This post was migrated from my old blog which used to be hosted on Blogger. As a result, some links might be broken.
The below is the log of a chat I had a while back with a colleague (you know who you are). I had just set up a fresh TeamCity build for his new project. This was a bit exciting for me since I am constantly encouraging developers to write tests for their code, new code in particular. After I had kicked off a first build, a very…“special” test appeared to be “hanging”…
[me], 10:02:36: looks like some tests are taking ages to finish [me], 10:02:48: i might have to annoy you about that [you know who you are], 10:04:55: there are very few tests in there and they run instantly on mine... [me], 10:05:26: that's why we also run them on other machines :-) i'll wait till they're through then we can find out whats going on [you know who you are], 10:06:19: ah i can see whats wrong now [me], 10:06:45: missing dependency or something? [you know who you are], 10:11:09: an old broken test, deleted from visual studio but not removed from perforce [you know who you are], 10:12:36: you can kill it if you want [me], 10:16:32: i would - but viewing the logs of that build killed my machine :-D [me], 10:16:40: i shit you not [you know who you are], 10:16:52: it killed my chrome too [me], 10:17:05: that's one cool test [you know who you are], 10:17:22: it was a test i was running on my machine to get some idea of msmq inserts over time [you know who you are], 10:17:40: its trying to do 10 million msmq inserts to see how fast it runs [me], 10:17:47: OMFG [me], 10:17:50: are you nuts :-D [you know who you are], 10:17:51: so its probably going to generate 10 million exceptions [you know who you are], 10:17:54: lol [me], 10:17:59: that's going to take down the build server [me], 10:18:03: stop that build asap pls [you know who you are], 10:18:12: you started it, how do i stop it?
Yes, viewing the logs for that build did in fact crash one of my dev machines. Or it rather destroyed Firefox, which in turn killed my machine. A true Test of Mass Destruction™. We eventually got the test to stop and removed it. But what do we learn from this?
First of all, always know what you are submitting to source control. Always, as in 100%. Diff all files if necessary and understand what’s in them - I know from personal experience that many developers do not understand most of what is inside Visual Studio project and solution files, for example. Understand it - you are changing it, and you are an engineer, so learn it if you don’t know what it is. Many developers think having a build server means not having to run stuff on your local machine anymore. That is wrong. The build server is a last line of defense in that matter, but if you break shared code you are hurting the productivity of other developers. If you make sure it works on your machine first, then nobody will notice that you screwed up and you are able to fix the problem before you switched to something else. If a build engineer has to call you up an hour later, you will probably need some time to retrace your steps to understand what’s wrong. Do it early, save yourself and others the pain.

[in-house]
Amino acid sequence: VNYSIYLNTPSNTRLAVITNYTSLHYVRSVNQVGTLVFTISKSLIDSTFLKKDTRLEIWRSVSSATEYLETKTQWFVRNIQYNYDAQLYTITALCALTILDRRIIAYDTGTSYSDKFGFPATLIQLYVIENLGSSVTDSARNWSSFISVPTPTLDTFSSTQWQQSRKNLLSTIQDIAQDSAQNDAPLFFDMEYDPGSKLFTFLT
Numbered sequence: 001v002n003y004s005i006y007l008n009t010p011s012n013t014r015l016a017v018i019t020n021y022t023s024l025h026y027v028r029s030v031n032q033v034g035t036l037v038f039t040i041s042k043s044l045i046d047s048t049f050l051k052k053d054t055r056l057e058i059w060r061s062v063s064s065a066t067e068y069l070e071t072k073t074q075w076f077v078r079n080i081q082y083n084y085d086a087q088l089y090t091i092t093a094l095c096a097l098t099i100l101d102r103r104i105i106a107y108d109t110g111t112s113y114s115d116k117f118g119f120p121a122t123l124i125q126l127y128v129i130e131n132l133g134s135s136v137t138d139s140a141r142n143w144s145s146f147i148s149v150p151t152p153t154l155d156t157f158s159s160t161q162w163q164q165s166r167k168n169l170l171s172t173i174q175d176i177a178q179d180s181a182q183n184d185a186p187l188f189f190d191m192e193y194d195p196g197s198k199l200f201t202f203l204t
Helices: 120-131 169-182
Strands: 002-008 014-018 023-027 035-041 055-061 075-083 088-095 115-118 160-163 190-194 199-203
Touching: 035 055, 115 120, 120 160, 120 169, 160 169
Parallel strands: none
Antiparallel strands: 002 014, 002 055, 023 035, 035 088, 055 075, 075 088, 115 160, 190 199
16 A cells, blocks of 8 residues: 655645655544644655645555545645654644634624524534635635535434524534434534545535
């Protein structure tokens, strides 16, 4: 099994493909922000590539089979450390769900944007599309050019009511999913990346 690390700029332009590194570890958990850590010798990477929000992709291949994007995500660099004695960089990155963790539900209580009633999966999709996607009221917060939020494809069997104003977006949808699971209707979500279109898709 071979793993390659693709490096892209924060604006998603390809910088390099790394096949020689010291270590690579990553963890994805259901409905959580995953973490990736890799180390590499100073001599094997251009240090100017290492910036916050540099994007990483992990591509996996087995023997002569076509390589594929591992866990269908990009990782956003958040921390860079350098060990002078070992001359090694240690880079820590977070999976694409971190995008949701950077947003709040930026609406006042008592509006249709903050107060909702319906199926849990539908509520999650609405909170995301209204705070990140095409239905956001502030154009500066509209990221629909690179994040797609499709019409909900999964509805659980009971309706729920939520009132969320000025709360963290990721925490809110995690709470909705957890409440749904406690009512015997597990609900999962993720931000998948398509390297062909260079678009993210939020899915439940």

Second, master your tools. In this particular case it was a problem most of us have because we are forced to use perforce (bad pun fully intended). Perforce might have a few good features on the server and support side, but the client tools for Windows developers are way below standard. Because Perforce clients do not actively monitor your changes on the client side, the server relies on the client to tell it about any add/edit/delete/whatever explicitly. This means if you delete a file from your working directory, it does not automatically mean the client will detect that and submit a “delete” to the server. Instead, it stays there. Just like this test. But: Just having crappy tools is not an excuse for breaking stuff. There are ways to contain the damage you can cause. So either stop using the tool or learn how to deal with it.
Finally, this test was designed to be dangerous. Why did it have to do something 10 million times? Why not 100,000? Or 100? This was supposed to measure performance, so quite a large batch of iterations is a valid thing to do. But more often than not I find developers doing this when it is not necessary. “Just to be safe” or “thorough” or “because we can” (it’s automated, isn’t it?). Most of the time tests are fine with just one (=1) single test case. That’s why in TDD a test needs to break first, otherwise it’s not worth executing it, yet alone implementing the new feature. If you are just tacking on several variants of the same test, testing the same logic/feature over and over, you are wasting screen space, your time and everyone else’s time when they have to run and, most of all, maintain your tests.